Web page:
POGO to Congress: Don't Change Testing Standards

Related Content: F-35, A-10
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September 7, 2017 | By: Danielle Brian, Mandy Smithberger

September 7, 2017

The Honorable John McCain
Chairman
Senate Committee on Armed Services
228 Russell Senate Office Building
Washington, DC 20510

The Honorable Jack Reed
Ranking Member
Senate Committee on Armed Services
228 Russell Senate Office Building
Washington, DC 20510

The Honorable Mac Thornberry
Chairman
House Committee on Armed Services
2120 Rayburn House Office Building
Washington, DC 20515

The Honorable Adam Smith
Ranking Member
House Committee on Armed Services
2120 Rayburn House Office Building
Washington, DC 20515

 

Dear Chairmen and Ranking Members:

The Project On Government Oversight (POGO) has spent over 35 years investigating waste, mismanagement, and abuse in the Department of Defense’s (DoD’s) weapons acquisition system. We applaud your committees’ oversight and legislative work to reform this deeply troubled system, but are concerned about provisions in the House’s version of the National Defense Authorization Act for Fiscal Year 2018 that would undermine the ability of Congress and Pentagon officials to assess the combat suitability of new weapon systems.

One of the fundamental questions to answer before deciding to procure a new weapon system is whether that system is more combat-capable than those it is replacing. As your committees know, these new systems are almost always considerably more expensive, making it crucial to have independent and combat-realistic test evidence for assessing whether the military and taxpayers are getting bang for their buck. This includes assessing whether or not there is an actual gain in capability over legacy systems, and, if so, whether that gain is worth the extra cost and additional logistic and maintenance burdens.

As mandated by Congress in 1983, the Director of Operational Test and Evaluation (DOT&E) conducts a number of essential activities for Congress and the Secretary of Defense. The office sets policies and procedures for realistic operational testing of weapons and objective evaluation by the Services’ operational tests; independently plans those operational tests; and—perhaps most importantly—provides objective, unvarnished reporting to both Congress and the Secretary of Defense on the results and implications of those tests as to the combat suitability of each major acquisition program.

A key part of that reporting is realistic comparative testing against legacy systems, and we are glad language in the House bill continues to recognize the importance of that comparative testing. However, we are concerned language in Section 833 improperly restricts DOT&E’s ability to include a comparison of capability to legacy systems only “if such items or components exist and relevant data are available without requiring additional testing.”

This language presents several problems for effective Congressional and executive oversight.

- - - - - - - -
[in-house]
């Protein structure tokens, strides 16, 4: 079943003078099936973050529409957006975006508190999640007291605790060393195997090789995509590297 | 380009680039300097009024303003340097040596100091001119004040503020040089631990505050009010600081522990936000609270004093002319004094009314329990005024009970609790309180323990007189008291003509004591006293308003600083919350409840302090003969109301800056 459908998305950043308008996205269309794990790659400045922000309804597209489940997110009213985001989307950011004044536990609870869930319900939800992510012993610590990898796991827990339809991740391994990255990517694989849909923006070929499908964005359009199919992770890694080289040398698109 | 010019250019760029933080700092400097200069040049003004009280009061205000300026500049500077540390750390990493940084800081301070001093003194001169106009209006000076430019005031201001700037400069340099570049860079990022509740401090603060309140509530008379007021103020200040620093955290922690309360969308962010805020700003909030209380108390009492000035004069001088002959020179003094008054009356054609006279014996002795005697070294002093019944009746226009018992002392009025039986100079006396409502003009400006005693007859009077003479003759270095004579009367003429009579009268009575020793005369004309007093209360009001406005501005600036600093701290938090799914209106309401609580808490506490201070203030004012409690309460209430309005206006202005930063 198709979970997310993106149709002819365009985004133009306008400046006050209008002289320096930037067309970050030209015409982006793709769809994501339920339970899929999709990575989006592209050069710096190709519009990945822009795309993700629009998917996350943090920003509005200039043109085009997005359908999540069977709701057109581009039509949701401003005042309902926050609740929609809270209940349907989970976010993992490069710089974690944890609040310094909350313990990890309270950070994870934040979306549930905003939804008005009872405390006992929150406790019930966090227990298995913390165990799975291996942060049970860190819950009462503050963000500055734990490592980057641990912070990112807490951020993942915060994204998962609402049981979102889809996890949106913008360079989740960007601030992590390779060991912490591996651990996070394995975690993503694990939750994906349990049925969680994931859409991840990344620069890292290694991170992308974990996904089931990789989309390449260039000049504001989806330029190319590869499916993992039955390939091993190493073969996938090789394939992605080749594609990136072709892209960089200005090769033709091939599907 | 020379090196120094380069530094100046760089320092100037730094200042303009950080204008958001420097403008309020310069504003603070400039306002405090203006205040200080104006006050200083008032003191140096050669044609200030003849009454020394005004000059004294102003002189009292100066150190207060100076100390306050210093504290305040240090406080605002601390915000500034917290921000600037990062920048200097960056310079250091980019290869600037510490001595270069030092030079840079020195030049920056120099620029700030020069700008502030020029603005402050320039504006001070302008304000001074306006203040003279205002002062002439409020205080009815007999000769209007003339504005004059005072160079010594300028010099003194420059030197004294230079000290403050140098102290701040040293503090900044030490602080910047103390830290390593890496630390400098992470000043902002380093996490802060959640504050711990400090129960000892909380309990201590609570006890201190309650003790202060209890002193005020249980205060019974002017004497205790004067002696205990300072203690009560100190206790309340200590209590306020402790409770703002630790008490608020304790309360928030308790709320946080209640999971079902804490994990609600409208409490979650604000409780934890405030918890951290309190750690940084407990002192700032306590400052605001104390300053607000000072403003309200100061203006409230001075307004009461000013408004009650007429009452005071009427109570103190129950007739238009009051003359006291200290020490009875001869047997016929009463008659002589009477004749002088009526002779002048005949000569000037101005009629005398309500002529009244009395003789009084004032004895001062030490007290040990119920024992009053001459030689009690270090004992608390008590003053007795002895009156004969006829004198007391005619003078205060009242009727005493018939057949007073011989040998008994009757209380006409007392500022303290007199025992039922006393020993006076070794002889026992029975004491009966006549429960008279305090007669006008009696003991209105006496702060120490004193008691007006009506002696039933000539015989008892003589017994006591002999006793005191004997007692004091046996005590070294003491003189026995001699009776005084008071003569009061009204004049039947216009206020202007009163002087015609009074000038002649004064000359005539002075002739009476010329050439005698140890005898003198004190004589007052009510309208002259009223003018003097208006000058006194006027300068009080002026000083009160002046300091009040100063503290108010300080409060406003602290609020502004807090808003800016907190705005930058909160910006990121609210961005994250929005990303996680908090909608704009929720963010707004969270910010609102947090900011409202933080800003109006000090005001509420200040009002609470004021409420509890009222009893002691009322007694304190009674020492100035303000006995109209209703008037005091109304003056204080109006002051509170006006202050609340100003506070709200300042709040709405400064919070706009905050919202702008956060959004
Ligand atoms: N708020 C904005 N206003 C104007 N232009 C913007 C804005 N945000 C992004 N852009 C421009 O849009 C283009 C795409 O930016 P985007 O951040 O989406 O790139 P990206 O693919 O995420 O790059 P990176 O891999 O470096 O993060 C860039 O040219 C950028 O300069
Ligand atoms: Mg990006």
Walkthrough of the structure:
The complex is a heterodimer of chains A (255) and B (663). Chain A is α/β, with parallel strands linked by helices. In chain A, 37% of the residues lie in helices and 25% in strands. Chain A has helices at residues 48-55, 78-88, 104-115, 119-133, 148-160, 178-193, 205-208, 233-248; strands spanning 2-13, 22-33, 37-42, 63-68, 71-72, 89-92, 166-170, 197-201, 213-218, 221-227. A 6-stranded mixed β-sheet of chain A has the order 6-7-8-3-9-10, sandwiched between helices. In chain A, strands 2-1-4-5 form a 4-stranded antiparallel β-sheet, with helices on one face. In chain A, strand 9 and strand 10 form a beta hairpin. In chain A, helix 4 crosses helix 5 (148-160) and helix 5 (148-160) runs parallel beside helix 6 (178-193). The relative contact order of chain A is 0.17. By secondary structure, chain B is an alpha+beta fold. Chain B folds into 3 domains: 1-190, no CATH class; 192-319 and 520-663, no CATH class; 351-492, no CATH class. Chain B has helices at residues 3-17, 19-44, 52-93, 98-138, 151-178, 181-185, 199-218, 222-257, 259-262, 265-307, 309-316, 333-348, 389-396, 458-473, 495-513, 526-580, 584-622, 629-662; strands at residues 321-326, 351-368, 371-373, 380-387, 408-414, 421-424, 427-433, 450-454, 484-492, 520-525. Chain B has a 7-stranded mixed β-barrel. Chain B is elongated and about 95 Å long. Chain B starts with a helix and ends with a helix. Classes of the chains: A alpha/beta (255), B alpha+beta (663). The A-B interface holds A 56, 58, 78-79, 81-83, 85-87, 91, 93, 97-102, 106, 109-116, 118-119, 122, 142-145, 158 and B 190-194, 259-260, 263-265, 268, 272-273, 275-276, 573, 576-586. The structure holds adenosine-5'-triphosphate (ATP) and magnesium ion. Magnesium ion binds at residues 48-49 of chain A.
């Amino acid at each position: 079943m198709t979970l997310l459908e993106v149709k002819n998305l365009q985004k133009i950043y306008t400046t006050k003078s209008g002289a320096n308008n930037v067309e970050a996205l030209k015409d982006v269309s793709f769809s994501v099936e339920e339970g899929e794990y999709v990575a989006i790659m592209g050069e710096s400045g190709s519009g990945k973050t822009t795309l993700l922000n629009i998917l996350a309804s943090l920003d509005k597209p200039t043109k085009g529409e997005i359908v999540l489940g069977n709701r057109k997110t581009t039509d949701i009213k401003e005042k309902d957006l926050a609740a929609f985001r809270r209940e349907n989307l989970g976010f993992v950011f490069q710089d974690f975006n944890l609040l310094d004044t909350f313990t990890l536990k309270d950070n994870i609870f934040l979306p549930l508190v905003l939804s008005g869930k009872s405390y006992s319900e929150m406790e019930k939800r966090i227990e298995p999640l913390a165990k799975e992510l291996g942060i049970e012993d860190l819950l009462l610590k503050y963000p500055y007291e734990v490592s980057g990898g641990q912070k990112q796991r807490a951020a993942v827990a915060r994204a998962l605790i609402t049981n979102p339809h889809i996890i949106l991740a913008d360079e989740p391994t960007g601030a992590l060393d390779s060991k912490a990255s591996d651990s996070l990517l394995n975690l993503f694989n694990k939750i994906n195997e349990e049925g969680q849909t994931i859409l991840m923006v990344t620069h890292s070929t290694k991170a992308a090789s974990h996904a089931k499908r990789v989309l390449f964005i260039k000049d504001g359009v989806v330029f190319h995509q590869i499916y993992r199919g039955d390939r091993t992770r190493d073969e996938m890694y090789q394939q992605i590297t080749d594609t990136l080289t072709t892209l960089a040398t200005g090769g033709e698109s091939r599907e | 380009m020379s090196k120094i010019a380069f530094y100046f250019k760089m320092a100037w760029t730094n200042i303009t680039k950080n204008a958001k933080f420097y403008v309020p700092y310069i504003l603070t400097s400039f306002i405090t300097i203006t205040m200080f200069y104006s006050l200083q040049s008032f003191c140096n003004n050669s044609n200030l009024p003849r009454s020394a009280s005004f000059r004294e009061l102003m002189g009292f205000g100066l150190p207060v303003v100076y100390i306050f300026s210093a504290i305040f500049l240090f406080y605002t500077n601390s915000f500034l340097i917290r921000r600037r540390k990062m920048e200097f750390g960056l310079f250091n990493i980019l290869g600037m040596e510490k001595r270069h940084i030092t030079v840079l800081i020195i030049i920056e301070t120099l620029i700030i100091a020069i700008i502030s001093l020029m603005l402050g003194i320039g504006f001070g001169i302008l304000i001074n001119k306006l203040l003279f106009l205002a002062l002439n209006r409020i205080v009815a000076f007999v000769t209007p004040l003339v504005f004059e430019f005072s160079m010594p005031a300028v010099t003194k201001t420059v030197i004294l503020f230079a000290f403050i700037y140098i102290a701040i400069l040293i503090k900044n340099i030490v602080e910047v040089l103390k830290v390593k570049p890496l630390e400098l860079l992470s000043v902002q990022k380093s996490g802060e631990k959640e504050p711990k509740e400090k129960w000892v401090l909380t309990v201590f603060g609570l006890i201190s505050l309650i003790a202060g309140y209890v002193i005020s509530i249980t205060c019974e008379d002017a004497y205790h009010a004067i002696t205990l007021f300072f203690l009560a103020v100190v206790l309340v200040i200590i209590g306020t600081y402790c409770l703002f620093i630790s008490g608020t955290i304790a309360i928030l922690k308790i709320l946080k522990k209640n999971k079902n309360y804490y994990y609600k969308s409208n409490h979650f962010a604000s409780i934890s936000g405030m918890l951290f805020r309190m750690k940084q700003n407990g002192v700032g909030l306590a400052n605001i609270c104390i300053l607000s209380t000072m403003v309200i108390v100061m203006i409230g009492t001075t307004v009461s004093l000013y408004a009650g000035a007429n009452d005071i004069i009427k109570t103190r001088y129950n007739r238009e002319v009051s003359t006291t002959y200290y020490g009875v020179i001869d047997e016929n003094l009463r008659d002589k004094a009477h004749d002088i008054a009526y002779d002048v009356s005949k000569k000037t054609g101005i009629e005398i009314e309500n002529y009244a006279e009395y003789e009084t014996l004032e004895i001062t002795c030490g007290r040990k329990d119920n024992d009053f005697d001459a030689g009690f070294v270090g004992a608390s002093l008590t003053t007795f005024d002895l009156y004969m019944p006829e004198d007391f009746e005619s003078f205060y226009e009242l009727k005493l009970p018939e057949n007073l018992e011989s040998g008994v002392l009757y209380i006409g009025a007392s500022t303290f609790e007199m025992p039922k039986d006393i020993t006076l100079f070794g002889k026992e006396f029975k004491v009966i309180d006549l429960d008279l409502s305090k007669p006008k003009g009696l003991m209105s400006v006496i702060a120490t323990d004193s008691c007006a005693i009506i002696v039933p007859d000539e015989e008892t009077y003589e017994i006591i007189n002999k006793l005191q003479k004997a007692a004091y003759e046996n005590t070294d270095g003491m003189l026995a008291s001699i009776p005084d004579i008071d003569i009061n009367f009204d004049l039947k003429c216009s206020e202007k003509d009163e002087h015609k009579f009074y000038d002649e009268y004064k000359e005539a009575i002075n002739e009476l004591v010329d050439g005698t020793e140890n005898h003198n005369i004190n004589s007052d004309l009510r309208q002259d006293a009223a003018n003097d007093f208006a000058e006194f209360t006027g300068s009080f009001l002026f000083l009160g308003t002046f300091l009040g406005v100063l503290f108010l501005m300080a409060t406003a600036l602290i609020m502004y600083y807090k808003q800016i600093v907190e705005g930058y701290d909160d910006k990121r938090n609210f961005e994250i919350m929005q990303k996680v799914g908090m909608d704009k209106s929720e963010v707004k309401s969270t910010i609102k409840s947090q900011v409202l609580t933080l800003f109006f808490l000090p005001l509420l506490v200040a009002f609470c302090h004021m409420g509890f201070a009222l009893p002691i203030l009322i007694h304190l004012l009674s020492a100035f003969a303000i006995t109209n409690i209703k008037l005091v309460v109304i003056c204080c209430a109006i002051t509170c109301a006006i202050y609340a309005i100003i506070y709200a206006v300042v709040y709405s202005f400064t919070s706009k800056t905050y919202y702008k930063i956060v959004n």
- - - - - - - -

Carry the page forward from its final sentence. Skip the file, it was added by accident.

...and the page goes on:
First, the validity of any comparison to legacy systems’ capabilities depends on truly head-to-head comparative field testing rather than on-paper analysis of available “relevant data.” This means valid comparative assessments of capability inherently require additional testing. If Pentagon officials and Congress want to make sound decisions about replacing legacy systems, this testing is essential and rarely costly.[1]

Second, the new language is also troubling because its immediate effect would be to undermine previous Congressional legislation prohibiting the retirement of any additional A-10s until the currently planned operational testing of the F-35 versus A-10 close support capabilities is complete.[2] This language would potentially allow the Air Force to skip this testing entirely, exacerbating ongoing attempts to delay or avoid this crucial test and circumventing the Congressional mandate to maintain 171 A-10s in combat-coded status. Air Force leadership has already told Congress it is retiring three squadrons of A-10s despite the mandate, and is also underfunding the repairs and maintenance needed to comply with the 171 combat-ready force requirement.[3]

Before we send our soldiers, Marines, airmen, and sailors into combat, we should know that their weapons will work in the chaos and stress they will face. Weakening DOT&E’s role will protect un-tested, problem-ridden weapons that will fail in combat and cost lives in warfare, most particularly in the area of close support of our ground troops. We must not let our troops down just because someone in the Pentagon or in industry doesn’t want life-threatening problems tested, exposed, reported, and fixed.

Sincerely,


Danielle Brian
Executive Director


[1] Numerous reports refute the alleged costs of operational testing. Director of Operation Test and Evaluation, “FY 14 Introduction,” FY 14 Annual Report, p. 2.  (This joint study by the Under Secretary of Acquisition, Technology and Logistics and DOT&E also found that the “least common reason for a delay was a problem associated with test conduct”); Government Accountability Office, DOD Operational Testing: Oversight Has Resulted in Few Significant Disputes and Limited Program Cost and Schedule Increases, June 2, 2015.

[2] National Defense Authorization Act for Fiscal Year 2017 (Public Law 144-32), Sec. 134.

[3] Dan Grazier and Mandy Smithberger, “Air Force Headquarters Starving A-10 Squadrons (Again),” Straus Military Reform Project, June 16, 2017.

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